The next trick used, however, seems to be pretty unique to Synbet. In a forum post dated 10-11-2011, poster BCampbell details a few new wrinkles at the scam operation known as SYNbet. SYNbet apparently sent an email to customers letting them know that all bets would be reviewed “due to a large amount of event start date issues and missgraded bets.” Of course, this was just a front for the real motive, namely that SYNbet was broke or unwilling to pay, and thus all of these reviewed bets caused withdrawal delays.
Deposits were obviously still being accepted, as were wagers, which is a bit suspicious but nothing new. Scam books are always happy to accept your money, but when the time comes to pay the piper, mysterious “issues” seem to creep up. On a somewhat funny note, in that same thread, there are details explaining how SYNbet also advised players to basically rip off credit card companies and dispute charges that were made when customers deposited to the book. Looking back, it is clear as day that all signs always pointed to this book being a huge joke and just another run of the mill scam operation.
This Scam Did Not Have Staying Power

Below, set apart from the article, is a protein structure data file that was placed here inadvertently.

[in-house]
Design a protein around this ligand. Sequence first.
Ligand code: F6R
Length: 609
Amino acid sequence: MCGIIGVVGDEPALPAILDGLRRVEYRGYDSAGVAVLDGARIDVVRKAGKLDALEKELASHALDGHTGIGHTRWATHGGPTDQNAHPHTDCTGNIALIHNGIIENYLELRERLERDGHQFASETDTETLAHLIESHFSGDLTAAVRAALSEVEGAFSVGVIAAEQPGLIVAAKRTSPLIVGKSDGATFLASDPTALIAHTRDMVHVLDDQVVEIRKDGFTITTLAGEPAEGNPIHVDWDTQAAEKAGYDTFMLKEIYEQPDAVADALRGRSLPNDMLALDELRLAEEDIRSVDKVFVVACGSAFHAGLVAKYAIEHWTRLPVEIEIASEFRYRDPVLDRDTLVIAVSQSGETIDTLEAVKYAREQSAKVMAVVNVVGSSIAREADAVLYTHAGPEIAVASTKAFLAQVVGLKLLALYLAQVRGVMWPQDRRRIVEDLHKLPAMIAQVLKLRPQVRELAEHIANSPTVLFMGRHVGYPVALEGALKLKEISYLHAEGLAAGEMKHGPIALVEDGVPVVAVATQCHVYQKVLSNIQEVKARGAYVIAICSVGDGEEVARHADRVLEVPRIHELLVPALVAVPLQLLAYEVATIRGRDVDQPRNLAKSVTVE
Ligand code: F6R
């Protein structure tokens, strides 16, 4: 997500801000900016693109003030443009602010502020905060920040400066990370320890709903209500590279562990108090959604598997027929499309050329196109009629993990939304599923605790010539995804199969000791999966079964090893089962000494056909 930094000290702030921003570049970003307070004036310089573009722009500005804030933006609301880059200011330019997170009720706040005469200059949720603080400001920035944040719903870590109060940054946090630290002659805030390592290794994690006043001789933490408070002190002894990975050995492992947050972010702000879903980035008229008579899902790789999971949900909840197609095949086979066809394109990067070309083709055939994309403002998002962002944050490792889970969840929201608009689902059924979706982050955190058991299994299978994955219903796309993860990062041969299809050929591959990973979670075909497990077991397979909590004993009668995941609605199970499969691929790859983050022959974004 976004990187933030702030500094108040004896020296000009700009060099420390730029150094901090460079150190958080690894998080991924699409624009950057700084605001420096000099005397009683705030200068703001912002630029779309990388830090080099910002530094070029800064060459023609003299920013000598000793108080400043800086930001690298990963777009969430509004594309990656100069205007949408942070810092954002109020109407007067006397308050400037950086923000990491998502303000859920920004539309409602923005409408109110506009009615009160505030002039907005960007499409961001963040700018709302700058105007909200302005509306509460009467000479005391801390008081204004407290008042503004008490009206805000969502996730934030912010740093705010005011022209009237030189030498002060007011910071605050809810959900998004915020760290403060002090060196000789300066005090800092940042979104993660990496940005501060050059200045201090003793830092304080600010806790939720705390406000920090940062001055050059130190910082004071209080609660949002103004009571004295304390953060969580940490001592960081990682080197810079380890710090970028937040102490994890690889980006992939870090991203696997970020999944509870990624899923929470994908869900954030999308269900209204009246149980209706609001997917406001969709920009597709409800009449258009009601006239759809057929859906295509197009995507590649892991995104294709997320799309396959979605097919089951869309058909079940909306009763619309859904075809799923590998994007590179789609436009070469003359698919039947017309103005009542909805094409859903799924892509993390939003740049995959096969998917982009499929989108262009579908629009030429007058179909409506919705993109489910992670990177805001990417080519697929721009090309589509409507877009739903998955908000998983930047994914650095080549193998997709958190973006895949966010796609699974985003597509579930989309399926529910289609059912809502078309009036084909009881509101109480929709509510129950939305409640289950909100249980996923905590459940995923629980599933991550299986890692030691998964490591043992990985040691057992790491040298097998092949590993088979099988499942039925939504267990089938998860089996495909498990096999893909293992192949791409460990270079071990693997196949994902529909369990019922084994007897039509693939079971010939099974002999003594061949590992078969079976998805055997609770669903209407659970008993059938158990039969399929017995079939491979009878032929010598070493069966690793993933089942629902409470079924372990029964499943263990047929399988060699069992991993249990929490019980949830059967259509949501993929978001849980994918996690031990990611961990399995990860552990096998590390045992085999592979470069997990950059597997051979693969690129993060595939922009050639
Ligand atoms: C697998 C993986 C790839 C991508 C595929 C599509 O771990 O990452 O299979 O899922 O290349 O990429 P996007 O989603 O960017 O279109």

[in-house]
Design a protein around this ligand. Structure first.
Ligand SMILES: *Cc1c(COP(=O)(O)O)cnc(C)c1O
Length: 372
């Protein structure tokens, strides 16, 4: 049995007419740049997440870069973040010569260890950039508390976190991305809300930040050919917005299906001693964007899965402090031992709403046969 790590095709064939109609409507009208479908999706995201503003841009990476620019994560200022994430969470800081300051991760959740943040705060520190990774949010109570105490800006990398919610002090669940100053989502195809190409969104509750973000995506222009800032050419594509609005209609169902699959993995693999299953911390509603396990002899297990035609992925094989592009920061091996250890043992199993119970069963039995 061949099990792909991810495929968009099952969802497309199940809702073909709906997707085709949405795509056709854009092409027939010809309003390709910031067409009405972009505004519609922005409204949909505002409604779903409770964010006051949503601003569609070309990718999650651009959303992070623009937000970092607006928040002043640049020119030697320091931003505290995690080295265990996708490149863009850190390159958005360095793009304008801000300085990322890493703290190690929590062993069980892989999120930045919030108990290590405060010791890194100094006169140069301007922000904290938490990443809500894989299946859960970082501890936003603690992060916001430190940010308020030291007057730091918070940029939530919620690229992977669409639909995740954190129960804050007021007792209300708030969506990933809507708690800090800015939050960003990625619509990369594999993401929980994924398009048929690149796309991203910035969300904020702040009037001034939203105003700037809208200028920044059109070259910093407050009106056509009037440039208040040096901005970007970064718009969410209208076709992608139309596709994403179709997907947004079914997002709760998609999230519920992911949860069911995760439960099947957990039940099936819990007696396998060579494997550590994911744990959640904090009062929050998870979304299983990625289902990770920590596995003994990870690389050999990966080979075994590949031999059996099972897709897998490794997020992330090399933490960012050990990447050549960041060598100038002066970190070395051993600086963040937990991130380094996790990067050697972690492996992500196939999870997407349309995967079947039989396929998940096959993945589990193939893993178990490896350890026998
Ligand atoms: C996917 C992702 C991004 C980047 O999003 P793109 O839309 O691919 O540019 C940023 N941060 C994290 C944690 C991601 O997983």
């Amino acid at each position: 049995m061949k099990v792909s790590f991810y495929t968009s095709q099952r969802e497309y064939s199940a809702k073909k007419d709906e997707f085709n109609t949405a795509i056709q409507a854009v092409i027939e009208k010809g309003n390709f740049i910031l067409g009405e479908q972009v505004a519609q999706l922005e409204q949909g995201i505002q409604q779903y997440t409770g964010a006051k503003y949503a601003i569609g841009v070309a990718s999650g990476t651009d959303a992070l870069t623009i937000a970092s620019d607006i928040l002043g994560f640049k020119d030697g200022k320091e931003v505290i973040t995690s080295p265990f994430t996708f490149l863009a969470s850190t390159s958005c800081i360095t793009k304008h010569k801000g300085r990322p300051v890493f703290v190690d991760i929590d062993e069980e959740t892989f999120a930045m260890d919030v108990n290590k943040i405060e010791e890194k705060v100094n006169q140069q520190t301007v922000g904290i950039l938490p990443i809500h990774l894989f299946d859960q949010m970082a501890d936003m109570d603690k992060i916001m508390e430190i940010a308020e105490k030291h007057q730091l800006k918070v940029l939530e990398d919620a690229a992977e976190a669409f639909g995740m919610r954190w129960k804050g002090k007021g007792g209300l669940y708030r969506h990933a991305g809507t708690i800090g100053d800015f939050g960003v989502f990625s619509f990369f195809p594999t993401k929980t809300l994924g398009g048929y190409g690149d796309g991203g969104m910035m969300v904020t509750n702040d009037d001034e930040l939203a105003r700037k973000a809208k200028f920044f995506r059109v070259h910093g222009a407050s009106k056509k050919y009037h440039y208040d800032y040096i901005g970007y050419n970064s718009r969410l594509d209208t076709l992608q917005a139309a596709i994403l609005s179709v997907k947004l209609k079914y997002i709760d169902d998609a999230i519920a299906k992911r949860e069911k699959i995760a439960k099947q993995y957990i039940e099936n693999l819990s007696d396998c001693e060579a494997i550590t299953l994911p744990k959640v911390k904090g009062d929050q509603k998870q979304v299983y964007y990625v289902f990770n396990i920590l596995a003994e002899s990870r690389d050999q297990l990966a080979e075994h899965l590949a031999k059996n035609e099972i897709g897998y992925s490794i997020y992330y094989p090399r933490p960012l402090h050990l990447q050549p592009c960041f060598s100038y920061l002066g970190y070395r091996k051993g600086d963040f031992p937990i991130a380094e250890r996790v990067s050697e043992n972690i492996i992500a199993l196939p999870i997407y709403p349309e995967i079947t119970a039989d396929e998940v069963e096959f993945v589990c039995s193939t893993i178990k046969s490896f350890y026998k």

Luckily, for sports bettors, this scam did not have much lasting power. Even in the area of stealing players’ funds, Pulsebet/Synbet was pretty much a failure. They would have been able to steal a lot more had they actually had the “balls” (or, money) to pay out at least some withdrawals, but it appears as quickly as this book popped up, it also disappeared. Both www.pulsebet.com and www.synbet.com are no longer active . This debacle goes to show that some sites seem to be operating simply to make money, while others are a lot more honest and actually care about customers’ funds, both on the bookmaker side as well as the forums side online. Honest and legitimate books do not run around boasting about their books’ strong points while at the same time using poor English and lots of exclamation points. Honest and legitimate forums do not allow scams such as Pulsebet and Synbet to become “Platinum” sponsors. Luckily, we can give many kudos to SBR in this case for staying on the ball and putting customers first.